Calling All Farmer Policy Wonks!

One of CalCAN’s goals is to engage California farmers in representing their interests at the climate policy table. We believe that an effective response to climate change must support the solutions that farming and ranching has to offer, and must address the vulnerabilities of the agriculture sector. Policymakers need to hear directly from farmers and their allies to understand the vital role of agriculture.

A report by the Pew Center on Global Climate Change, released July 20, 2010, validates many of the assumptions underlying the work of CalCAN.

U.S. Agriculture and Climate Legislation: Markets, Myths and Opportunities examines the agriculture sector’s concerns about climate and energy legislation, and offers an assessment of the likely outcome of federal legislation for farmers and ranchers.

CalCAN Assumption #1: Agriculture is uniquely vulnerable to climate change.

The Pew report summarizes the findings of a recent study by the U.S. Global Change Research Project and USDA which identified several impacts to agriculture that can be expected as global temperatures continue to rise:

  1. Extreme and unpredictable weather events
  2. Increased weed, disease, and insect pest activity
  3. Decreased crop yields and nutritional value in some crops
  4. Livestock productivity is likely to decline
  5. Declining quality of livestock forage

CalCAN Assumption #2: Climate legislation can benefit farmers and ranchers economically.

From the Pew report:

“If properly designed and implemented, costs of climate and energy legislation can be minimized and the potential benefits to the agricultural sector maximized. Benefits include the opportunities presented by a robust offsets market, increased demand for bio-based forms of transportation fuel and electricity, increased demand for on-farm wind generation, expanded methane capture and electricity sales to the grid, and participation in stacking of environmental conservation payments.”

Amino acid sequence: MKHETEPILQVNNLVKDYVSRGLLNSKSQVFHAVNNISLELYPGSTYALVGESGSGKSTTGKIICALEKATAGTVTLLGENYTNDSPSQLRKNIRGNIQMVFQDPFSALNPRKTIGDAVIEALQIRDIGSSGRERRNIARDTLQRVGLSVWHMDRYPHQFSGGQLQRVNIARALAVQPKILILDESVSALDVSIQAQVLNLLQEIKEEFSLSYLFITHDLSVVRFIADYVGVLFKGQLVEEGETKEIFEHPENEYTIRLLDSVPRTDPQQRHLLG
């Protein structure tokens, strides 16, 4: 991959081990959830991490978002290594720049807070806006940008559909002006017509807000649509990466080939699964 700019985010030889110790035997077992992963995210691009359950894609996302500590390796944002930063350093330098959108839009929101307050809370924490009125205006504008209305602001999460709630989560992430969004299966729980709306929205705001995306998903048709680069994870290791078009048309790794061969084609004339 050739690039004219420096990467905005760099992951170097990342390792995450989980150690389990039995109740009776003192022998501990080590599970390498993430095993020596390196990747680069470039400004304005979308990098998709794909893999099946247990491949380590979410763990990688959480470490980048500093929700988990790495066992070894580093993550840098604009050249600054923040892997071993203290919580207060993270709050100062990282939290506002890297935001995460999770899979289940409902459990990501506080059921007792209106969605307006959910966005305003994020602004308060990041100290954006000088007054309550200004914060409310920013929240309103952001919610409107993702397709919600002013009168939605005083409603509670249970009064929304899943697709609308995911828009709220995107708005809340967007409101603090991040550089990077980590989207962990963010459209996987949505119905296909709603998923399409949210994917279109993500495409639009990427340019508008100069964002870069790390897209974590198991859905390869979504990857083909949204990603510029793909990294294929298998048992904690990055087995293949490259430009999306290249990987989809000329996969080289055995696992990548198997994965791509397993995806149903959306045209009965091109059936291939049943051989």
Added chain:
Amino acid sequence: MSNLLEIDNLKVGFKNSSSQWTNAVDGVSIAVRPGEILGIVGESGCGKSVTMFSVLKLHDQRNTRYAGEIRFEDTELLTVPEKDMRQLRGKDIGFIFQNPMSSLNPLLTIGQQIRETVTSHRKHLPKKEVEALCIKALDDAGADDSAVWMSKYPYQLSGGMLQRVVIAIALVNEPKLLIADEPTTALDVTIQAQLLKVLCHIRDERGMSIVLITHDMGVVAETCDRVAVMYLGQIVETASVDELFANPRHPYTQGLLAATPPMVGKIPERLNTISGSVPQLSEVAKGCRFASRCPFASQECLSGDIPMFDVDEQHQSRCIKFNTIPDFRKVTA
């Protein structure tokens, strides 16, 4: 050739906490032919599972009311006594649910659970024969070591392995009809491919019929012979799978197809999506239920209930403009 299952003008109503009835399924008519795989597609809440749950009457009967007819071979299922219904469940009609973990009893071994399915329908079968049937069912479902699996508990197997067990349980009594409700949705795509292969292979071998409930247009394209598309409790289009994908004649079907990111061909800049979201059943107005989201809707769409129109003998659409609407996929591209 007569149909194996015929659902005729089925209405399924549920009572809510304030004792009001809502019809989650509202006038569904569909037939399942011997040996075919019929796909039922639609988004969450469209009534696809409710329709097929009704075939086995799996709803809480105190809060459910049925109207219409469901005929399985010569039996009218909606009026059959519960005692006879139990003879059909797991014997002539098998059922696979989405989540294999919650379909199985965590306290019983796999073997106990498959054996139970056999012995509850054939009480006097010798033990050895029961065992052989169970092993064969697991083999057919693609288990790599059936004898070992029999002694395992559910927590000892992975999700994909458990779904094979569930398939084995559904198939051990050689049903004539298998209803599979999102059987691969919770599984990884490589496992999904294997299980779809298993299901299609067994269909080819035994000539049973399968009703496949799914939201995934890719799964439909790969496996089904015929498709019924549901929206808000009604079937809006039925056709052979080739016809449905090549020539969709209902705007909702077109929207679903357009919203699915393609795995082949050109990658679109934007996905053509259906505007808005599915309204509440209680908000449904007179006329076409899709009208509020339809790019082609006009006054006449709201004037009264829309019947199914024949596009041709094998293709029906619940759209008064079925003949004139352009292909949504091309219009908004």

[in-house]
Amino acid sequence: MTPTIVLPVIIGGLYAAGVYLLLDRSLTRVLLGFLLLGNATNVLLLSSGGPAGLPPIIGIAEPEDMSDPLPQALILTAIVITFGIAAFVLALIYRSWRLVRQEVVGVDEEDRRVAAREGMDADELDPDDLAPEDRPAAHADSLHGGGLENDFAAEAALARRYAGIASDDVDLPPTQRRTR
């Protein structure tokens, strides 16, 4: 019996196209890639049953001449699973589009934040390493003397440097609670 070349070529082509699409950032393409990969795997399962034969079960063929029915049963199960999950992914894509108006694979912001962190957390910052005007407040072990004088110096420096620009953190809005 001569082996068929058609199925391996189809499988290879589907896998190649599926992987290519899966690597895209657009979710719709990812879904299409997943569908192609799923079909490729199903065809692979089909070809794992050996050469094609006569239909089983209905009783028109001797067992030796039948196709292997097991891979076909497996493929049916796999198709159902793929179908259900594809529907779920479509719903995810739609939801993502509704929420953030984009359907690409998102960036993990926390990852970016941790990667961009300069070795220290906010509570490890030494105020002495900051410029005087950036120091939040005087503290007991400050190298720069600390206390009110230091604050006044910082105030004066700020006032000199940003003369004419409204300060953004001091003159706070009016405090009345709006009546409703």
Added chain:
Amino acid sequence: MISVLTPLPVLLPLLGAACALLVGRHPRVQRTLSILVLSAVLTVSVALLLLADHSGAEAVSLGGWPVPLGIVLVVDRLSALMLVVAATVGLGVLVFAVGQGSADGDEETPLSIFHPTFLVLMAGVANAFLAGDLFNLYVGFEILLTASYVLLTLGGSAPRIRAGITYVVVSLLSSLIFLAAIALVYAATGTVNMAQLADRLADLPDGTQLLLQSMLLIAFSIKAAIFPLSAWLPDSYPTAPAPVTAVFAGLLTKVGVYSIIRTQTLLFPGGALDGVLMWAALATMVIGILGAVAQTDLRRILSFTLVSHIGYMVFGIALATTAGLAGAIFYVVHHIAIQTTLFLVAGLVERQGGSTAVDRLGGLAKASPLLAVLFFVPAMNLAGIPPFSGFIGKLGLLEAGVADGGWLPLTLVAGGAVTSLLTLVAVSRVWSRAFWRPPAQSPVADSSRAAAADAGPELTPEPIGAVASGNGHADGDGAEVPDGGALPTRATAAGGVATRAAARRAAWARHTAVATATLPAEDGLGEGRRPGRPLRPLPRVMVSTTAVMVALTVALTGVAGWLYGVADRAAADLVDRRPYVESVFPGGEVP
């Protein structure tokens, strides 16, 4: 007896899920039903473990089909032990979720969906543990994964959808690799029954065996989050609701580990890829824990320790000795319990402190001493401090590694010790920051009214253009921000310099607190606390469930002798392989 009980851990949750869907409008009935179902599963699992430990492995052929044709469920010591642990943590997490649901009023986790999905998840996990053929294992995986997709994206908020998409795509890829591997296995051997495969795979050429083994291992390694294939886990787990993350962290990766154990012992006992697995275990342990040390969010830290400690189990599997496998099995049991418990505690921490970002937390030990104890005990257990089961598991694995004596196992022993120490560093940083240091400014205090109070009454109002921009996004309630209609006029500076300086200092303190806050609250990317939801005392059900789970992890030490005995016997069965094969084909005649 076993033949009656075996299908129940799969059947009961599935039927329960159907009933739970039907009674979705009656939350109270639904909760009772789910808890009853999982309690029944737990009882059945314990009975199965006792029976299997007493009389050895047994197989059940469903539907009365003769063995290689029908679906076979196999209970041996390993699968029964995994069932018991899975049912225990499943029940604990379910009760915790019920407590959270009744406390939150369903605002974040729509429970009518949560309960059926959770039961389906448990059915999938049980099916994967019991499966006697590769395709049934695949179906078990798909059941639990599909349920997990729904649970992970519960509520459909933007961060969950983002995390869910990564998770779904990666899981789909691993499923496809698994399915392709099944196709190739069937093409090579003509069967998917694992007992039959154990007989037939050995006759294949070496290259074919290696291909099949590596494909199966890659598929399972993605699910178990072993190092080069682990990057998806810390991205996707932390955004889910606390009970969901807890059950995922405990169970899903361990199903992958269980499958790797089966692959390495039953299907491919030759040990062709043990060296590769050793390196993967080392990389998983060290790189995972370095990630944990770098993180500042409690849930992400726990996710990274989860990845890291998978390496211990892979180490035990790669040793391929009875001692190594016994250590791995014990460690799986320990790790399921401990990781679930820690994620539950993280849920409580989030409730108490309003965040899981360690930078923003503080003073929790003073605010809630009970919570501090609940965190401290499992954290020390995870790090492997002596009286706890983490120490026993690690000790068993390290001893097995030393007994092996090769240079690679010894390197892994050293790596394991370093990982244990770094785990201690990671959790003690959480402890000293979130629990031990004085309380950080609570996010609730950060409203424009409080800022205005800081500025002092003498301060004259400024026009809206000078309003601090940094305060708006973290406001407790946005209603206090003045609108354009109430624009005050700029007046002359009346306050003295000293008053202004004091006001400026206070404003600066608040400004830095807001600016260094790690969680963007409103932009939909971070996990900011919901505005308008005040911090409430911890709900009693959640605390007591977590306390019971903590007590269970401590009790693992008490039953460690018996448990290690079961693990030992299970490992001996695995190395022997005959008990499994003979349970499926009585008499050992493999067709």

CalCAN Assumption #3: Farmers and ranchers should be incentivized to use climate-friendly practices that have additional environmental co-benefits.

The report states:

“Farmers and ranchers have a long history of creating new practices and developing techniques to maintain the quality of their land for years to come. Many existing and potential future practices have the effect of permanently increasing carbon stored on the land or avoiding emissions that would otherwise occur. Under climate legislation, these practices will most likely be eligible for compensation in the form of 5-10 year contracts for the carbon that is stored in the land, or the ability to generate carbon credits for captured emissions from manure. This program will allow farmers to be compensated for good practices.”

CalCAN Assumption #4: Regulations to reduce greenhouse gases are inevitable, and comprehensive, well-crafted legislation that addresses agriculture’s unique needs and opportunities is the best path forward.

The report summarizes a number of the forces at work to reduce GHGs in addition to federal legislation, including market-driven requirements (e.g., by WalMart, McDonalds), EPA regulation, state and regional programs (such as California’s AB 32 law currently being implemented), and nuisance lawsuits. It states that a “piecemeal [approach to] GHG requirements and the inability to leverage incentives will likely result in a worse outcome for farmers.”

CalCAN Assumption #5: Farmers should participate in crafting climate policy that will benefit their interests and enhance their ability to be part of the solution.

The Pew study found that “farmers have many reasons to be constructive participants in the climate and energy policymaking process, not least of which is the importance of farmer involvement in shaping future opportunities for the sector.” Further, they state that “Farmers have many reasons to be engaged participants in the climate and energy policymaking process. Productive engagement by American farmers can help ensure that U.S. policy addresses their concerns and embodies their ideas.”

We in the CalCAN network concur. Join us and get involved!

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